The Lowdown on AUSOTS: Australian Flex Tracks

By Rebecca Lougheed




If you haven’t heard of the AUSOTS then it means the Australian Organised Track Structure, and is basically a bunch of Flex Tracks that are produced on a daily basis, aimed at helping aircraft benefit from the best wind conditions.

The inventors define it as – “A non-fixed ATS route calculated on a daily basis to provide the most efficient operational flight conditions between specific city pairs”.

Sounds familiar? That’s because it is basically the NAT OTS but over a different bit of big, not-much-out-there, airspace on the other side of the world.

Where exactly?

The AUSOTS are currently published for routes between Australia and the Middle East, Australia and South East Asia and for domestic routes between Brisbane and Perth. They pretty much cross the entire YBBB and YMMM FIRs and a few other parts too.

Opposite direction tracks are spaced by 50nm in Oceanic and 30nm in domestic, but with the introduction of ADS-B this is reducing. Again, probably all sounds quite familiar.

The User Preferred Routes are available in the YMMM/Melbourne, YBBB/Brisbane, AGGG/Honiara and ANAU/Nauru FIRs.

Your UPRs can be constructed between gates (entries and exits to FIRs), or by published waypoints (so long as time between them is not greater than 80mins), NAVAIDs or Lats/Longs (and you can use ones that are not whole degrees if you want).

You do need a reporting point on an FIR boundary (except for between AGGG-ANAU or YBBB-AGGG FIRs). 

Overlay of some of the daily tracks in SkyVector

What do I need?

In terms of equipment, your usual stuff giving you RNP10/ RNP4 type capabilities, Datalink (CPDLC), a couple of LRNS and bits to help you navigate accurately – all that sort of thing.

Unsurprisingly, what you put in your flight plan is much the same as well – if you are RNAV10 then write ‘GR’ and ‘I’ (if appropriate) in item 10 and PBN/A1 in item 18. If you are RNP4 then throw in a ‘GR’ and write PBN/L1 in item 18

You also need HF comms and ADS-B to fly on the UPRs.

Last but not least, pick your track and file for it

What if something goes wrong?

If you are on a track and lose your RNP capability then as long as you can still navigate the track you can stay on it. If you can’t, you probably will want to let ATC know fairly quickish so they can put you onto a fixed track.

If you lose all your comms then it is simple as well –  try other methods, squawk 7600, do some broadcasting on 121.5 and 123.45, put your lights on, and maintain your last assigned speed and level for 60mins (following failure to report over compulsory point), then follow your flight plan. Once you leave Oceanic, follow the procedures of the state you’ve gone into.

In general, if you are flying over Australian airspace they are going to want to know if your estimate over a reporting point changes by more than 2 minutes. They are also going to want to know if you are off your track by more than 20nm (small weather deviations).

Also know that Standard ICAO Contingency and Weather Deviation Procedures apply here.

SLOP?

Yep, they like it. Up to 2nm right of track is the way to go, and in 0.1nm increments if your airplane can do that. You don’t need a clearance for it, but remember you cannot use it in addition to offsets for wake, or weather avoidance.

Block Altitudes

Also allowed in this airspace, and given you are probably flying some mega miles through it, it might be a good idea. That way you can climb up when your weight will benefit, or avoid turbulence if there are reports of it without having to talk to ATC…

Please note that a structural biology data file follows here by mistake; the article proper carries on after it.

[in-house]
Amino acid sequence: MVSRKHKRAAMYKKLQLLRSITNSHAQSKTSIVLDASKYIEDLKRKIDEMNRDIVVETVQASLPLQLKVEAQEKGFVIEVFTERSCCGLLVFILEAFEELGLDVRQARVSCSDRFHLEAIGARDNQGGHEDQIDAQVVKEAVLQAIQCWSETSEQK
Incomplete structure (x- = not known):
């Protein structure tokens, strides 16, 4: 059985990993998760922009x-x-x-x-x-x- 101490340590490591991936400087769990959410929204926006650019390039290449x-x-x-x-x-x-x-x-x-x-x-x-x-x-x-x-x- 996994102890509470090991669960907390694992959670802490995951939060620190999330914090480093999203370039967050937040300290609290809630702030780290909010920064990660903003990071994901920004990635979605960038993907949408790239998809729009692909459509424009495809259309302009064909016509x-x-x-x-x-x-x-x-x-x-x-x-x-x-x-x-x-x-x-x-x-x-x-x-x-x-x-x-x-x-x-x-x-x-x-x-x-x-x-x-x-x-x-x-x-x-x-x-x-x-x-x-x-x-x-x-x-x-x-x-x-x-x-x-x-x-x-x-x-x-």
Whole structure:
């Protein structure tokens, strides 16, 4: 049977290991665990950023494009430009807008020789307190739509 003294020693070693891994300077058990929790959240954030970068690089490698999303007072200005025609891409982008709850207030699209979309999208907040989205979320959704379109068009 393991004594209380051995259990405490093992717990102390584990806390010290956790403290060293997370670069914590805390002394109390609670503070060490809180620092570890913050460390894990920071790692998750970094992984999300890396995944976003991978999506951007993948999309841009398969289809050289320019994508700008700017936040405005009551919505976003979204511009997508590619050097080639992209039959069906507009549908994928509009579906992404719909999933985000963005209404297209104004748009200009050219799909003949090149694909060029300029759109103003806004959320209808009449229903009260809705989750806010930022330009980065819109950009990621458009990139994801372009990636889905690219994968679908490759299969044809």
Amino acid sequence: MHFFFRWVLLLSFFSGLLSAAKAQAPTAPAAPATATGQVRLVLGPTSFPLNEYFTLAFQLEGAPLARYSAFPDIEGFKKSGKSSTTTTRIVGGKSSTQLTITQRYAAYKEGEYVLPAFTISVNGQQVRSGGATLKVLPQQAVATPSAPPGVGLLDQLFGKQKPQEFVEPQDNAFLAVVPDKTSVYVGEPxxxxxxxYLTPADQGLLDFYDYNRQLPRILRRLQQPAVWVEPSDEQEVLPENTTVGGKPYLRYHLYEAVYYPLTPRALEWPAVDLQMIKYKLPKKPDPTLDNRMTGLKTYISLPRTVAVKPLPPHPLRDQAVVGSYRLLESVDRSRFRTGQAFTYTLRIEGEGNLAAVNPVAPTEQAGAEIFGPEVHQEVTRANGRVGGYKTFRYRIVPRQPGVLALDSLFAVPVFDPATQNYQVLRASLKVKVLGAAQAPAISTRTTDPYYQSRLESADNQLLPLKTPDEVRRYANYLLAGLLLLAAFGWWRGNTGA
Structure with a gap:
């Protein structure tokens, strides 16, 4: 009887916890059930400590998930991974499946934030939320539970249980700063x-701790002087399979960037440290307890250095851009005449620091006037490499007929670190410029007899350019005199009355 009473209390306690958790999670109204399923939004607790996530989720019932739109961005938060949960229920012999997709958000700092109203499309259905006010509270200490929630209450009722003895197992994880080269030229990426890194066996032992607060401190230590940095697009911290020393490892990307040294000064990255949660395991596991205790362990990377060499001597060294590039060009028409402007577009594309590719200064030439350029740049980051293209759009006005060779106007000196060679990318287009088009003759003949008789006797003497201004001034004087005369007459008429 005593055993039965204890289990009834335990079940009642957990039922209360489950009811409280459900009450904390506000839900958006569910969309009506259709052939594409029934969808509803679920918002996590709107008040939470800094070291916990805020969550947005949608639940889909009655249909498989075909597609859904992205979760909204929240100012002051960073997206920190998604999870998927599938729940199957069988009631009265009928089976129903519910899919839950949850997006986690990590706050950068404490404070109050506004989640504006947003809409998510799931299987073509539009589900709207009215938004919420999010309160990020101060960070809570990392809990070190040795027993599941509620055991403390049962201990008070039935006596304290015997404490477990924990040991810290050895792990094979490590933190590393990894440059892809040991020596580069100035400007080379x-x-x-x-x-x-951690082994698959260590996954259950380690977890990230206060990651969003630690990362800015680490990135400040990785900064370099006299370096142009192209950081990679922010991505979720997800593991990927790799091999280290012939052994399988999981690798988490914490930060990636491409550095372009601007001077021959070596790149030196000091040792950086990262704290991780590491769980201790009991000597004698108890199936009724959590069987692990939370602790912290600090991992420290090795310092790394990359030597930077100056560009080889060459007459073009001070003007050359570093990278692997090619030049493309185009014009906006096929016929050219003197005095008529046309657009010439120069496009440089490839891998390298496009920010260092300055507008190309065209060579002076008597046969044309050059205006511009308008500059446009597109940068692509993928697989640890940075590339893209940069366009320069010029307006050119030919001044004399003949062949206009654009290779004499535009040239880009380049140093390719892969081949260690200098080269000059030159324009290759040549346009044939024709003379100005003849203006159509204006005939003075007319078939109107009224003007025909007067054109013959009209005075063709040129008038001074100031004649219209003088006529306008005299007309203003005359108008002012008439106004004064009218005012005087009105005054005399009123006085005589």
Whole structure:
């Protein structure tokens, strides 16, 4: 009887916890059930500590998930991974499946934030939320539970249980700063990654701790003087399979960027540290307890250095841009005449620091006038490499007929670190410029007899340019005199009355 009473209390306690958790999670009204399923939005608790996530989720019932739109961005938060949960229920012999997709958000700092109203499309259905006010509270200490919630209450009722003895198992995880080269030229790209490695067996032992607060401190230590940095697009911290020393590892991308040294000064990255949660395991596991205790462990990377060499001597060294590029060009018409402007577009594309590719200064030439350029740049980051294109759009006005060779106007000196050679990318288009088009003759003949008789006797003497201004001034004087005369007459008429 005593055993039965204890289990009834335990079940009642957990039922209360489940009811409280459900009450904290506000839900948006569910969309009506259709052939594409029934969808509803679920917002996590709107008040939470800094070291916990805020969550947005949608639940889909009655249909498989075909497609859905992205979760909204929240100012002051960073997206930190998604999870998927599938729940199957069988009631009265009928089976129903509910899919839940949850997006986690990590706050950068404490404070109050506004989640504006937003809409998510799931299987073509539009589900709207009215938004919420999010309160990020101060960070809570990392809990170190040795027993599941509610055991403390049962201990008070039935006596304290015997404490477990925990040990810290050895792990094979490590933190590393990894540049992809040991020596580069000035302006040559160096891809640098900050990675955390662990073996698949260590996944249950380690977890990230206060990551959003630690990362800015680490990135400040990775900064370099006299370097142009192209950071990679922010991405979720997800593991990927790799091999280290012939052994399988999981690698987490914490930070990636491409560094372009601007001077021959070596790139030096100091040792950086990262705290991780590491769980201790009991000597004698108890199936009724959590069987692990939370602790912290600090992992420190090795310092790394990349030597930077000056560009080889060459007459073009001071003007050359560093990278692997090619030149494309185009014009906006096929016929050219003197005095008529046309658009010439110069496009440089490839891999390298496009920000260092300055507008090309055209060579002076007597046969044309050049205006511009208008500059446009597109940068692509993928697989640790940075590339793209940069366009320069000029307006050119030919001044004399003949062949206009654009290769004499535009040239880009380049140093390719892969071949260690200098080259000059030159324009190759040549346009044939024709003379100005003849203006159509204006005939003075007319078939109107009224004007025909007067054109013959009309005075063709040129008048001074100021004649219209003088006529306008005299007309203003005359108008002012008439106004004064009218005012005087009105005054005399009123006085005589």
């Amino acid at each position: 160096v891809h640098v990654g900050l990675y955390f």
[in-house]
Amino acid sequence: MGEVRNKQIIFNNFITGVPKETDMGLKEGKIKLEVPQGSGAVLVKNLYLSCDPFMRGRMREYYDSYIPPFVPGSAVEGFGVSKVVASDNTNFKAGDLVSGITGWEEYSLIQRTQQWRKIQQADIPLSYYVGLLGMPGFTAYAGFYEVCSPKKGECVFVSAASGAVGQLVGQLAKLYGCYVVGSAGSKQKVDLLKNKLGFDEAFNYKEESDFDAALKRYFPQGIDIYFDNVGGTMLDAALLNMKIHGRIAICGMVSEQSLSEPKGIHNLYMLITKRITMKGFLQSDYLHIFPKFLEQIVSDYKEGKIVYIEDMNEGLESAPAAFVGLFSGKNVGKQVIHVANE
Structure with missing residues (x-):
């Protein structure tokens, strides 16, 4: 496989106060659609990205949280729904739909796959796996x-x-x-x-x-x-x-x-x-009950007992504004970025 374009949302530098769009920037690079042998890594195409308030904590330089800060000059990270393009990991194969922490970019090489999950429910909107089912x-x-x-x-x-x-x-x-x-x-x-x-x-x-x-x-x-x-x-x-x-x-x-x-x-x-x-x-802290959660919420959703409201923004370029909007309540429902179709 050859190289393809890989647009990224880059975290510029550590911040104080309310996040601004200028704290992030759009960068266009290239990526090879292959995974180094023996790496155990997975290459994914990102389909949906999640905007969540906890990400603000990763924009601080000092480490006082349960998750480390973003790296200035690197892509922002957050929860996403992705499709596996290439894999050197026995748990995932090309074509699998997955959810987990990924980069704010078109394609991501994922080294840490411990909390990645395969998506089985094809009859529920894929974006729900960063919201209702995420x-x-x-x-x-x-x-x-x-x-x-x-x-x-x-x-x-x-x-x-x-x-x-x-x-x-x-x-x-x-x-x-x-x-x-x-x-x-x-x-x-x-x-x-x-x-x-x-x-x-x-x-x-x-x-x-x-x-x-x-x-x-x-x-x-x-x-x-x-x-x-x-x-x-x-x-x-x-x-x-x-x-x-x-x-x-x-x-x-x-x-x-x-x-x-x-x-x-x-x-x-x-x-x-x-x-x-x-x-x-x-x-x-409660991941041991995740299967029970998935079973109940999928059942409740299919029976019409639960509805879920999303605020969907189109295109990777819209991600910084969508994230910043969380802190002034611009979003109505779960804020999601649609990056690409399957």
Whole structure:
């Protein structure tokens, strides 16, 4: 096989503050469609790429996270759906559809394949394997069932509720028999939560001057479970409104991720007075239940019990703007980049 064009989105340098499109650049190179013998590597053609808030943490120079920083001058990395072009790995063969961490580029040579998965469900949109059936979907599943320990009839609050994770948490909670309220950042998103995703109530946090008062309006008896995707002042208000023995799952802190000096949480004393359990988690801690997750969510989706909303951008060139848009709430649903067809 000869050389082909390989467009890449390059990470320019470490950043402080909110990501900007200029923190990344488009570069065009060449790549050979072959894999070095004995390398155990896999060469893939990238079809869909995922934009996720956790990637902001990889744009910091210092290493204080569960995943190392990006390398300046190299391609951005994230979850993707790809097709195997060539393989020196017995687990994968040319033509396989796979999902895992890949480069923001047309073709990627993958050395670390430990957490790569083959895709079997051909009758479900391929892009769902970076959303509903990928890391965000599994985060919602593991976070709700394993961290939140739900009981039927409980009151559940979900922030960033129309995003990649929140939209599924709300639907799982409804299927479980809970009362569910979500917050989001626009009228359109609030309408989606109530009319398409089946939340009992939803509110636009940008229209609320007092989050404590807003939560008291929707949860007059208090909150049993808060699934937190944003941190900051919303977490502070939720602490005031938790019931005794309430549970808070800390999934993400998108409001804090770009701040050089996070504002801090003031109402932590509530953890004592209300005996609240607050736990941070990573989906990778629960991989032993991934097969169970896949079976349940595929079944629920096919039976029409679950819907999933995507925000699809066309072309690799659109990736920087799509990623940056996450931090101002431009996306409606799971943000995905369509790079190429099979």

You mentioned talking?

We did, but to be honest there is not a huge amount of it going on in this area. Most comms are taken care of through CPDLC. They like a position report sent via CPDLC when you get to the boundary of the FIR (all position reporting procedures are in accordance with ICAO Doc 7030).

The Australian controllers really know how to control. They are great at it. But they also have some pretty high standards which means if you make a mistake they are going to get grumpy and report/fine you. It might seem obvious, but if you’re off track for weather avoidance, once clear, don’t assume you can head direct to the next point – they want to see you regain your original track.

What will I find out there?

A whole lot of empty space and open sea. 

The distance between Singapore and Brisbane is roughly 6,000km. The distance from Perth to Brisbane is over 3,500km. In between them? A lot of dry, dusty bush, and kangaroos.

Not much in the outback… although a fairly decent straight road for landing on

The middle of Australia is quite an empty place so if you’re looking for airports to use, we would recommend the ones around the edge of the country. YSSY/Sydney, YMEL/Melbourne, YBBN/Brisbane are the biggies on the eastern side and you’ll find nice long runways, decent approaches and good facilities at each of them. YPPH/Perth is the main south west one, while if you’re heading north-ish then YPDN/Darwin or YBCS/Cairns are probably your best bets.

You do have YBAS/Alice Springs in the middle if you really need it, and its a fairly decently equipped airport with a 7,999 ft/ 2438m runway and an ILS/RNAV approach.

Who can I ask for info on AUSOTS?

Should you need it, then you can email these folk with all your AUSOTS queries – uprs@airservicesaustralia.com

You can also try the Melbourne Center Operations Manager at Melbourne ACC on +61 3 9235 7420 or on AFTN: YMMMZRZS if you have specific questions about the published AUSOTS Flex Tracks.

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Rebecca Lougheed

Rebecca Lougheed

I am an OpsGroup team member, an A380 pilot, and interested in all things flight ops.

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